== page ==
Timed trials: RAID 5

Copy 1GB file to USB 2.0 0:53
Copy 1GB file to eSATA 0:23
Duplicate 1GB file via USB 2.0 1:07
Duplicate 1GB file via eSATA 0:22
Low-memory Photoshop: USB 2.0 1:37
Low-memory Photoshop: eSATA 0:51

Scale = Minutes:Seconds

How we tested. We ran all tests with the drive connected to a Mac Pro Quad 2.66GHz Xeon with 2GB of RAM running OS 10.6. We tested the drive with each available port. We copied a folder containing 1GB of data from our Mac's hard drive to the external hard drive to test the drive's write speed. We then duplicated that file on the external drive to test both read and write speeds. We also used the drive as a scratch disk when running our low-memory Adobe Photoshop CS4 Suite test. This test is a set of four tasks performed on a 300MB file, with Photoshop's memory set to 25 percent.—Macworld Lab testing by Lynn La

AJA tests: RAID 5

Write Read
USB 2.0 28.3 MBps 31.0 MBps
eSATA 107.3 MBps 121.7 MBps

Timed trials: RAID 0

Copy 1GB file to USB 2.0 0:40
Copy 1GB file to eSATA 0:22
Duplicate 1GB file via USB 2.0 1:06
Duplicate 1GB file via eSATA 0:21
Low-memory Photoshop: USB 2.0 1:36
Low-memory Photoshop: eSATA 0:48

Scale = Minutes:Seconds

AJA tests: RAID 0

Write Read
USB 2.0 28.4 MBps 31.4 MBps
eSATA 108.1 MBps 123.5 MBps

Although we don’t often review four-drive RAID devices, the Thunder RAID’s performance was impressive. Through the USB connection, the drive was 10 seconds faster copying and duplicating a 1GB file than CalDigit’s VR mini ( ), a two-drive RAID device. Copying and duplicating via eSATA yielded faster results as well, taking 8 and 4 seconds faster, respectively, compared to the CalDigit.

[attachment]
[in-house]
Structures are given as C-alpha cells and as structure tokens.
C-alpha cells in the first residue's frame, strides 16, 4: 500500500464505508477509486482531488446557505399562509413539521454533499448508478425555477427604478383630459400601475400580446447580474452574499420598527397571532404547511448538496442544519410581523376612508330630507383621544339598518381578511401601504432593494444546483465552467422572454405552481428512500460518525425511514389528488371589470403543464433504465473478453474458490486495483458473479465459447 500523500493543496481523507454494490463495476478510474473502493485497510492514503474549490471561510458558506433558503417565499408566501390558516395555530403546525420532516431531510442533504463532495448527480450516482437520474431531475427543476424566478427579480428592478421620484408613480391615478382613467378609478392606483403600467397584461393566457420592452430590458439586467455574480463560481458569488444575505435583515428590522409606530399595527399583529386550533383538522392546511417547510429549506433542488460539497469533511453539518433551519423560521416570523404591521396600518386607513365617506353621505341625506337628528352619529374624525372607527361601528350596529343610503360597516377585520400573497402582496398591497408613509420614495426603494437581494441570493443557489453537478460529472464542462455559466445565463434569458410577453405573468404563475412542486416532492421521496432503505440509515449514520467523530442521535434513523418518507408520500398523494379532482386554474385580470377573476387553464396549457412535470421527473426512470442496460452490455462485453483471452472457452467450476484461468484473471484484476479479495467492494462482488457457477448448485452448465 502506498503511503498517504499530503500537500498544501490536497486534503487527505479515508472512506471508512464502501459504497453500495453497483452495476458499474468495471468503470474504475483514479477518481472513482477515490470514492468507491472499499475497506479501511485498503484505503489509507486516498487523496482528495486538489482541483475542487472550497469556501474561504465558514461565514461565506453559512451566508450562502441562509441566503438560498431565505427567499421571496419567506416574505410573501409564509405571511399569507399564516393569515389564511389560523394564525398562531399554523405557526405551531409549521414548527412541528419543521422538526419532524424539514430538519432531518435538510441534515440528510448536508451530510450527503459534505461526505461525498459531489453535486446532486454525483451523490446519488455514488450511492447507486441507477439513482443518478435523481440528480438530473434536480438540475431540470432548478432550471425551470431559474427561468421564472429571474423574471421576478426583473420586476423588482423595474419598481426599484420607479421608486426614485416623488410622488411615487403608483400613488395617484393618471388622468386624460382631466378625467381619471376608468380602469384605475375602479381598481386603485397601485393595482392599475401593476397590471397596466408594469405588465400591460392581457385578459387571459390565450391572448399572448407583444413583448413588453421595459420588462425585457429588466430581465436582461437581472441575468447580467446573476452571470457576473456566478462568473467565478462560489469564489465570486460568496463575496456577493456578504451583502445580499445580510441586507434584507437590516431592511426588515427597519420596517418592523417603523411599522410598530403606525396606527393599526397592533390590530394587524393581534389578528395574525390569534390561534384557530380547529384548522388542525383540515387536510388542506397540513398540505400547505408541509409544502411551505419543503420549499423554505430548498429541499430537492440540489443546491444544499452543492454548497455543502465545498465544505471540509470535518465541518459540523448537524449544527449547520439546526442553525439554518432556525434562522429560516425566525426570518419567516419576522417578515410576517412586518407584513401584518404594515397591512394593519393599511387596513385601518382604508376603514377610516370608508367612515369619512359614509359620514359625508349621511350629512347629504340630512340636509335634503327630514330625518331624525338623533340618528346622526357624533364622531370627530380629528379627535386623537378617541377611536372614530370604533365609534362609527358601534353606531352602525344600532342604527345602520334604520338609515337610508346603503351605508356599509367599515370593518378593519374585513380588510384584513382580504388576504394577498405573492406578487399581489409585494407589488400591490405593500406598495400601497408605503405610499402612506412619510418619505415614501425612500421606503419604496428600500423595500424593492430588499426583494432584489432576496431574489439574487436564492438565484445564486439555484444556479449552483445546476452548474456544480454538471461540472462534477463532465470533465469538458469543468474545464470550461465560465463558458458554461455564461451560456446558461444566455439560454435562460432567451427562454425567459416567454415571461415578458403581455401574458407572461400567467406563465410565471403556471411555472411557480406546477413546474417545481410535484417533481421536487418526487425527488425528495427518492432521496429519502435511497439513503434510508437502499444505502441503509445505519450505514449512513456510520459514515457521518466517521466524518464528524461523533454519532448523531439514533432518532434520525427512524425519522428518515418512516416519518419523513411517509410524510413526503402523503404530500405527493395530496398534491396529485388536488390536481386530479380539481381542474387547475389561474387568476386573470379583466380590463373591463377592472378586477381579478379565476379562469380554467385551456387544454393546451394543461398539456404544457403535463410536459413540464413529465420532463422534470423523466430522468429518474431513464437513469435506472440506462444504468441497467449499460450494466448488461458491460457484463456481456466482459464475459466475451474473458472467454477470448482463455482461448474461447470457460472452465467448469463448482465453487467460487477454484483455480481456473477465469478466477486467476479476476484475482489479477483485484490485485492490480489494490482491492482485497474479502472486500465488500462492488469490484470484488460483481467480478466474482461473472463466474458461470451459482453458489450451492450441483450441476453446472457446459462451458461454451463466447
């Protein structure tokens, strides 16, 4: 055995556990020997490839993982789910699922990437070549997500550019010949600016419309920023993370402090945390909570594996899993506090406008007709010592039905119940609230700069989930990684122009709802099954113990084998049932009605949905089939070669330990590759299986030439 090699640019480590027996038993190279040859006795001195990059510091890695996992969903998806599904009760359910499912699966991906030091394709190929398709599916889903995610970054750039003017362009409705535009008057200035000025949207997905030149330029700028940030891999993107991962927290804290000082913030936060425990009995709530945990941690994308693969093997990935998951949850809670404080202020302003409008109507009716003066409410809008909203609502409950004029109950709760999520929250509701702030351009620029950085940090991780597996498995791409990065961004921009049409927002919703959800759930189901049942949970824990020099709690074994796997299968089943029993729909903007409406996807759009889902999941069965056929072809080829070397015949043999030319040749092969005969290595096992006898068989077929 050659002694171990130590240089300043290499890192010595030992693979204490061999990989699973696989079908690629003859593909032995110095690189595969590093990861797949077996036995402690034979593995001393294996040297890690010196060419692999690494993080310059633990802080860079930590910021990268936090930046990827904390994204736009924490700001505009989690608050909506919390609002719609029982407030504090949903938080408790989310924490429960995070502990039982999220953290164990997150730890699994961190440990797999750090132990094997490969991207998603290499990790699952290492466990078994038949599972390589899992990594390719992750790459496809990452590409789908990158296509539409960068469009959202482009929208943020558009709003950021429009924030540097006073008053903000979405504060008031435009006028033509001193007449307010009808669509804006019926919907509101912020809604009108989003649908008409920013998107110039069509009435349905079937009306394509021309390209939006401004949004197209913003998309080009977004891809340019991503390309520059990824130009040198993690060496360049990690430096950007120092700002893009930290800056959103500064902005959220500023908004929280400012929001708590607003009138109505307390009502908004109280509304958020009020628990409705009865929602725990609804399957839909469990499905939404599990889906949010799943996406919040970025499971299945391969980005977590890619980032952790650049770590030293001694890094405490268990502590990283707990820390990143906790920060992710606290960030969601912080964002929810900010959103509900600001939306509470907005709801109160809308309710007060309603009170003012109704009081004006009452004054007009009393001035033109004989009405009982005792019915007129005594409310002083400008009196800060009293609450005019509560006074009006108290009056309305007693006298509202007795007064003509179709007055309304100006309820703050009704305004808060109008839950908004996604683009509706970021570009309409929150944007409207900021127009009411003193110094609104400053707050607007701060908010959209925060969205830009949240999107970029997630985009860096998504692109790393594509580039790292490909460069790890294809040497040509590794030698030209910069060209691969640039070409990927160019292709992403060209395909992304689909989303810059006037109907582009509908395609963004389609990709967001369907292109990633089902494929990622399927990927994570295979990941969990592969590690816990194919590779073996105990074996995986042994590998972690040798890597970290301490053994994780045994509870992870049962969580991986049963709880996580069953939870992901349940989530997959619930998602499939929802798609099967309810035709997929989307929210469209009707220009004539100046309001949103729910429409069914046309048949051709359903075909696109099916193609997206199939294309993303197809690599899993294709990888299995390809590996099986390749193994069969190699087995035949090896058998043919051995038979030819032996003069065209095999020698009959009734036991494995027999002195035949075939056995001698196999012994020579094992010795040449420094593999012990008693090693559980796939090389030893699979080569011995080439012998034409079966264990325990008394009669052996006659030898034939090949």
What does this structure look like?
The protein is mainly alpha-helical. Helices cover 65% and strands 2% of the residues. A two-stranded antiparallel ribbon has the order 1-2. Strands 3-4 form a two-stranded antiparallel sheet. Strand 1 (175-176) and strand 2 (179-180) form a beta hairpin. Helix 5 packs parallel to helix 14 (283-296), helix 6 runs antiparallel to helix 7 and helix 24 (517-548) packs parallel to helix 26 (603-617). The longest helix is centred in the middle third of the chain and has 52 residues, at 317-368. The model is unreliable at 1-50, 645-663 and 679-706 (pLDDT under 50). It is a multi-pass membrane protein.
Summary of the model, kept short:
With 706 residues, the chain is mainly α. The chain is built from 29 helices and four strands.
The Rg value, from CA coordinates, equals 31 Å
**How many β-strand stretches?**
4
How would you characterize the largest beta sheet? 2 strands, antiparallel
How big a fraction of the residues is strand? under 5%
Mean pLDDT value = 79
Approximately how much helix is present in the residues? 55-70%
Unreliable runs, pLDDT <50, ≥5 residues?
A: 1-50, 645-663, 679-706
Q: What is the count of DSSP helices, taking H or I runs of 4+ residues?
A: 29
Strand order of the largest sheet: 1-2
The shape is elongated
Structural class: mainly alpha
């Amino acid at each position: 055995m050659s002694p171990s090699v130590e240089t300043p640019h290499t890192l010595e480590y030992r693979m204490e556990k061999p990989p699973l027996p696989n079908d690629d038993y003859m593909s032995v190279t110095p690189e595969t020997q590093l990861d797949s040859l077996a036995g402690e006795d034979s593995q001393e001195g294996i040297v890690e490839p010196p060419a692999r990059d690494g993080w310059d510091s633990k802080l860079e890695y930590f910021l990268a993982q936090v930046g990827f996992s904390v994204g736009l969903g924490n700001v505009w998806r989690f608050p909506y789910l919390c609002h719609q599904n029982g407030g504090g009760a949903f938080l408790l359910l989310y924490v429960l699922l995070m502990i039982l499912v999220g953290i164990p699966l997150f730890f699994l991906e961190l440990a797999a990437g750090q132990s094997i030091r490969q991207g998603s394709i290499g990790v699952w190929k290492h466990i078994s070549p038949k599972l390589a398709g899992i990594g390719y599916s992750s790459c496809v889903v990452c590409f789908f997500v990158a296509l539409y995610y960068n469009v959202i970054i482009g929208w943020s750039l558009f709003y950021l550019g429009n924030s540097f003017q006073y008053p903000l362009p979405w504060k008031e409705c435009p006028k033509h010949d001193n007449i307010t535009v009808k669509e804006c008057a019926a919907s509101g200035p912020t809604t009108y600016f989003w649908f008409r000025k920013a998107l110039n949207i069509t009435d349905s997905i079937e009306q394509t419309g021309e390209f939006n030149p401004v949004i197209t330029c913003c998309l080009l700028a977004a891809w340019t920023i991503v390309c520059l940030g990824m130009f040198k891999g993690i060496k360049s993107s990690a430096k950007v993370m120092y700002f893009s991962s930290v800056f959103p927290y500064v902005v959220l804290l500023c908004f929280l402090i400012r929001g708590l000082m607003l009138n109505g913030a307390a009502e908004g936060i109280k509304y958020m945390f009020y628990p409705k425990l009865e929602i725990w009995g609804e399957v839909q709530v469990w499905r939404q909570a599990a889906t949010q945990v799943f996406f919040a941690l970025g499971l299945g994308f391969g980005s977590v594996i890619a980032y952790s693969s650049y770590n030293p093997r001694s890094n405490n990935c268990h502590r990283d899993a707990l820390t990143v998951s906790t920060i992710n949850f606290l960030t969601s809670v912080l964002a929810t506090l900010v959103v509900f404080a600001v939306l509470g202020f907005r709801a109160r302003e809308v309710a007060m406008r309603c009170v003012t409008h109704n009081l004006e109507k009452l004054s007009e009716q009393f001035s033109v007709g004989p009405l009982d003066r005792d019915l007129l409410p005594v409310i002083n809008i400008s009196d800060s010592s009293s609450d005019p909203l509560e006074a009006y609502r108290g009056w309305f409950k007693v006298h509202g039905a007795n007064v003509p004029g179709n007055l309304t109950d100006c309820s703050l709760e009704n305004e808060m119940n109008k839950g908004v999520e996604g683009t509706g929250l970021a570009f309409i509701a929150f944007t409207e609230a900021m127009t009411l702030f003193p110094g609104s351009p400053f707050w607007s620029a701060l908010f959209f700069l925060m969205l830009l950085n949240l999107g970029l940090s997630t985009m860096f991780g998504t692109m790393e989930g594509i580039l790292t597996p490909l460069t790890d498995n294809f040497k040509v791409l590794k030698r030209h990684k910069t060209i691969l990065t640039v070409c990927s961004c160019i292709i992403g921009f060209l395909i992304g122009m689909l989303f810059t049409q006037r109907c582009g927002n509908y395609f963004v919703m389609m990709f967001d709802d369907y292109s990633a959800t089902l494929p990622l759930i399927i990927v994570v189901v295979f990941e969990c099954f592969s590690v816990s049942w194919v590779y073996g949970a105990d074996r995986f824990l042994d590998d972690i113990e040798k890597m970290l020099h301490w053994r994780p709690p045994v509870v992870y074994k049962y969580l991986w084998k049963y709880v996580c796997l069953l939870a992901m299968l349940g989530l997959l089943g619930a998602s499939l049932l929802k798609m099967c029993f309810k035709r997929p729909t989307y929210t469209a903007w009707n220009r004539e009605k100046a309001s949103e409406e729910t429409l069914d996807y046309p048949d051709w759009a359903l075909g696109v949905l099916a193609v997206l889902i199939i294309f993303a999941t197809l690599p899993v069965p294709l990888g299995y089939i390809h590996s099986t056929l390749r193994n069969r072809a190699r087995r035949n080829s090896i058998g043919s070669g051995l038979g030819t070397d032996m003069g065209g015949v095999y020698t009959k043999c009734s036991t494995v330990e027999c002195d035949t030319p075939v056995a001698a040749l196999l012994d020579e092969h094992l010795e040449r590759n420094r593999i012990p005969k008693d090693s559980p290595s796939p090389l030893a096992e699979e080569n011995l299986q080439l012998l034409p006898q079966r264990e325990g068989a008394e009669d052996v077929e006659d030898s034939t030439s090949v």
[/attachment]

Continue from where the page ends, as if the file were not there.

The Thunder RAID, is also faster than G-Technolgy’s G-RAID mini2 SSD ( ), another two-drive enclosure, which took 12 seconds longer to copy a 1GB file with a USB connection, and 9 seconds longer to duplicate the 1GB file than the Thunder RAID. With eSATA, times were comparatively closer, but the Thunder RAID was still faster, taking 10 and 7 seconds less to copy and duplicate a 1GB file than the G-RAID mini2.

We took a look at our AJA test results and compared it to Ci Design’s iStoragePro iT1 Dock 2TB ( ), as well. While holding similar write and read scores with the USB connection, the Thunder RAID held noticeably faster speed scores with eSATA.

Macworld buying advice

The Thunder RAID eSATA/USB 2.0 Portable System is great for multi-stream video playback. The multiple RAID configurations give it an available degree of fault tolerance and reliability. At around 26 cents per gigabyte, we find the Thunder RAID well worth the few kinks we experienced during our RAID reconfigurations.

[Lynn La is a contributor to Macworld Lab.]

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At a Glance
  • Pros

    • Very good read and write speeds
    • Support for multiple RAID levels


    • Noisy
    • Web interface has problems with Safari
    • Heavy for a portable device
    • Some setup quirks